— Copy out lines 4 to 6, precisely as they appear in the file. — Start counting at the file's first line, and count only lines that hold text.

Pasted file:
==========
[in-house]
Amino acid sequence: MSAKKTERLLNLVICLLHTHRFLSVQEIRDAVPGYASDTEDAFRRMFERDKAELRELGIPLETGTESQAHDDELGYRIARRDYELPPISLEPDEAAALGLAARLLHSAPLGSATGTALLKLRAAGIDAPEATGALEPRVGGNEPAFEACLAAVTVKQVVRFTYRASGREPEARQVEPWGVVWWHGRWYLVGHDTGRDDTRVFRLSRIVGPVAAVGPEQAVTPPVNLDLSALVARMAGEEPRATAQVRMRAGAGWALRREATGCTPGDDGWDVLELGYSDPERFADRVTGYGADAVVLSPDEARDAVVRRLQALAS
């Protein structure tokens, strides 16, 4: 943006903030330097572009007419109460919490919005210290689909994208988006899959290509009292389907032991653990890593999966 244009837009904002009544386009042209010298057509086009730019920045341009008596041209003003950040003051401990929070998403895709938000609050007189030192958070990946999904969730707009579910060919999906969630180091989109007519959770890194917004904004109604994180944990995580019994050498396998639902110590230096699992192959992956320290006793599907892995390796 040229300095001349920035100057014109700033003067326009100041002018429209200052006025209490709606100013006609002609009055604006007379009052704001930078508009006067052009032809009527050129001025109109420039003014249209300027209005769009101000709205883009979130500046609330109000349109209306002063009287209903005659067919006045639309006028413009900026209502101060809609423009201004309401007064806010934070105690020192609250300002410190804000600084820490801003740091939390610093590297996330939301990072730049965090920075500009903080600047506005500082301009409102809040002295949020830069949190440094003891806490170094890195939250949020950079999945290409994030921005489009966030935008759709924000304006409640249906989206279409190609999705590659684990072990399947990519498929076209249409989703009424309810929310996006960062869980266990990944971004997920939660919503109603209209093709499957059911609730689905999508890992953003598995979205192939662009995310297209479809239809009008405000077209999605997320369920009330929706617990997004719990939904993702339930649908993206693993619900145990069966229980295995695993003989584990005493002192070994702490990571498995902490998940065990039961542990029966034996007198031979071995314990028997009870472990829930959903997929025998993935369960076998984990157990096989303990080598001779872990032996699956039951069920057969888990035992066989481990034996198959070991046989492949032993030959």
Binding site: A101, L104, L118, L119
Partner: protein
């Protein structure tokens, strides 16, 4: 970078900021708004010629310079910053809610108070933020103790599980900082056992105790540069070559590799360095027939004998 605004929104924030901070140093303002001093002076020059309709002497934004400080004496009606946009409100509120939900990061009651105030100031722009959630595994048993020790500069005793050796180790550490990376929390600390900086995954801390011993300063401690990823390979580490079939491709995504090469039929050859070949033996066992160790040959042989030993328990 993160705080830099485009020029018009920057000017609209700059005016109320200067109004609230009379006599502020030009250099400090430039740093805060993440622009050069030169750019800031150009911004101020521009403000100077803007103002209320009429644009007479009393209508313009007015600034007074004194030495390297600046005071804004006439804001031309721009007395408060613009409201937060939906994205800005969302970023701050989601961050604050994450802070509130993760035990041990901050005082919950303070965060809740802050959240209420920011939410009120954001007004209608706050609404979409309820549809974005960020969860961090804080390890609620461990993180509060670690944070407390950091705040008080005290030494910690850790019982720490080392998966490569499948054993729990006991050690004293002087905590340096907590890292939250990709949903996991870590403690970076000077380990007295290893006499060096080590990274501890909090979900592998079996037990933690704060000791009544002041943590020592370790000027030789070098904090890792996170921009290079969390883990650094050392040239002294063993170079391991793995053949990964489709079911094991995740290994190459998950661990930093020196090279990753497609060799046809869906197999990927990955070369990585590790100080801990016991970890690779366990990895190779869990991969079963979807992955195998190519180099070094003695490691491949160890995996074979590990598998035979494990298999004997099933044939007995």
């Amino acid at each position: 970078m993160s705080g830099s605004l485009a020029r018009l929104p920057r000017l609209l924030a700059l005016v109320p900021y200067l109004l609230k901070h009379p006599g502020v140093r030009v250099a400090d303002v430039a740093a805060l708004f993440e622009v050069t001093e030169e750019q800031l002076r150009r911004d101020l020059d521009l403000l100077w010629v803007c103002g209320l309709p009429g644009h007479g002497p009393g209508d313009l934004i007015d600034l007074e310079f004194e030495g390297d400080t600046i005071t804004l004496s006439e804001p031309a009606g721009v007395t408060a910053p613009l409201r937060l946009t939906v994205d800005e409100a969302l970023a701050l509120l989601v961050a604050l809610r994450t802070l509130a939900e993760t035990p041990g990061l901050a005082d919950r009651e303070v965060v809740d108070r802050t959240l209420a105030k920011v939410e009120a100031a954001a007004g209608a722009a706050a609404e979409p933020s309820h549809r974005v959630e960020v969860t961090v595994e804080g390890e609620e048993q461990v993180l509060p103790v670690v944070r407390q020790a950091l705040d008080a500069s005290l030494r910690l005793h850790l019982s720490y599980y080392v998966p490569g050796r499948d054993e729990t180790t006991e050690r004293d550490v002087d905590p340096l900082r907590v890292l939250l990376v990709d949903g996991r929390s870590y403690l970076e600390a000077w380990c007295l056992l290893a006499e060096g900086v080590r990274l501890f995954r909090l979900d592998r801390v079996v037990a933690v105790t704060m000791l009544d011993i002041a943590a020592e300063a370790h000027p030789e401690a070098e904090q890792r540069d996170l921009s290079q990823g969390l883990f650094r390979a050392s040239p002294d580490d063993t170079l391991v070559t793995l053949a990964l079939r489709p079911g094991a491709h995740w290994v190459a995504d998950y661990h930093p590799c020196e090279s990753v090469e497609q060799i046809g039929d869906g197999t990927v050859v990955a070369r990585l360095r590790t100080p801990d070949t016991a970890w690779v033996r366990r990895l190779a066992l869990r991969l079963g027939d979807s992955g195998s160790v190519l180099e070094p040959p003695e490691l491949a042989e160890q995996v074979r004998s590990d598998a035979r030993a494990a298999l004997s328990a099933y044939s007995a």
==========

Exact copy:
Binding site: A101, L104, L118, L119
Partner: protein
């Protein structure tokens, strides 16, 4: 970078900021708004010629310079910053809610108070933020103790599980900082056992105790540069070559590799360095027939004998 605004929104924030901070140093303002001093002076020059309709002497934004400080004496009606946009409100509120939900990061009651105030100031722009959630595994048993020790500069005793050796180790550490990376929390600390900086995954801390011993300063401690990823390979580490079939491709995504090469039929050859070949033996066992160790040959042989030993328990 993160705080830099485009020029018009920057000017609209700059005016109320200067109004609230009379006599502020030009250099400090430039740093805060993440622009050069030169750019800031150009911004101020521009403000100077803007103002209320009429644009007479009393209508313009007015600034007074004194030495390297600046005071804004006439804001031309721009007395408060613009409201937060939906994205800005969302970023701050989601961050604050994450802070509130993760035990041990901050005082919950303070965060809740802050959240209420920011939410009120954001007004209608706050609404979409309820549809974005960020969860961090804080390890609620461990993180509060670690944070407390950091705040008080005290030494910690850790019982720490080392998966490569499948054993729990006991050690004293002087905590340096907590890292939250990709949903996991870590403690970076000077380990007295290893006499060096080590990274501890909090979900592998079996037990933690704060000791009544002041943590020592370790000027030789070098904090890792996170921009290079969390883990650094050392040239002294063993170079391991793995053949990964489709079911094991995740290994190459998950661990930093020196090279990753497609060799046809869906197999990927990955070369990585590790100080801990016991970890690779366990990895190779869990991969079963979807992955195998190519180099070094003695490691491949160890995996074979590990598998035979494990298999004997099933044939007995």